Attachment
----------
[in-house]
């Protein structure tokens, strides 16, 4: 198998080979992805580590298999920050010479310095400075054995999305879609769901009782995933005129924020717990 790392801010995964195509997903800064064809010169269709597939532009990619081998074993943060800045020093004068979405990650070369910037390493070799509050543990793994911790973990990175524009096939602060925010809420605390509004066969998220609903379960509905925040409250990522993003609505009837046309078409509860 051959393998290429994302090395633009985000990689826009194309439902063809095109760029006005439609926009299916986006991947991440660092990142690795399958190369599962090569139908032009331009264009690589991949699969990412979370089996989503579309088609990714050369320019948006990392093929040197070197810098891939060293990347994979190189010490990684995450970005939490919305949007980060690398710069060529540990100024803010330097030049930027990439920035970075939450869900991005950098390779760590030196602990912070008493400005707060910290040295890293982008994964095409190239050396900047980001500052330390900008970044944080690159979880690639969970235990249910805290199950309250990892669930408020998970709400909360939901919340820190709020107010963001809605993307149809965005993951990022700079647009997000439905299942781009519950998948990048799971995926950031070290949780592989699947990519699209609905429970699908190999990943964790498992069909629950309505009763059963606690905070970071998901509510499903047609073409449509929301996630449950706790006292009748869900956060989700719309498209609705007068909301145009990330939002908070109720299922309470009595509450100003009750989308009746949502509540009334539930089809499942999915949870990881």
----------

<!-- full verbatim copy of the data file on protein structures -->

[in-house]
């Protein structure tokens, strides 16, 4: 198998080979992805580590298999920050010479310095400075054995999305879609769901009782995933005129924020717990 790392801010995964195509997903800064064809010169269709597939532009990619081998074993943060800045020093004068979405990650070369910037390493070799509050543990793994911790973990990175524009096939602060925010809420605390509004066969998220609903379960509905925040409250990522993003609505009837046309078409509860 051959393998290429994302090395633009985000990689826009194309439902063809095109760029006005439609926009299916986006991947991440660092990142690795399958190369599962090569139908032009331009264009690589991949699969990412979370089996989503579309088609990714050369320019948006990392093929040197070197810098891939060293990347994979190189010490990684995450970005939490919305949007980060690398710069060529540990100024803010330097030049930027990439920035970075939450869900991005950098390779760590030196602990912070008493400005707060910290040295890293982008994964095409190239050396900047980001500052330390900008970044944080690159979880690639969970235990249910805290199950309250990892669930408020998970709400909360939901919340820190709020107010963001809605993307149809965005993951990022700079647009997000439905299942781009519950998948990048799971995926950031070290949780592989699947990519699209609905429970699908190999990943964790498992069909629950309505009763059963606690905070970071998901509510499903047609073409449509929301996630449950706790006292009748869900956060989700719309498209609705007068909301145009990330939002908070109720299922309470009595509450100003009750989308009746949502509540009334539930089809499942999915949870990881």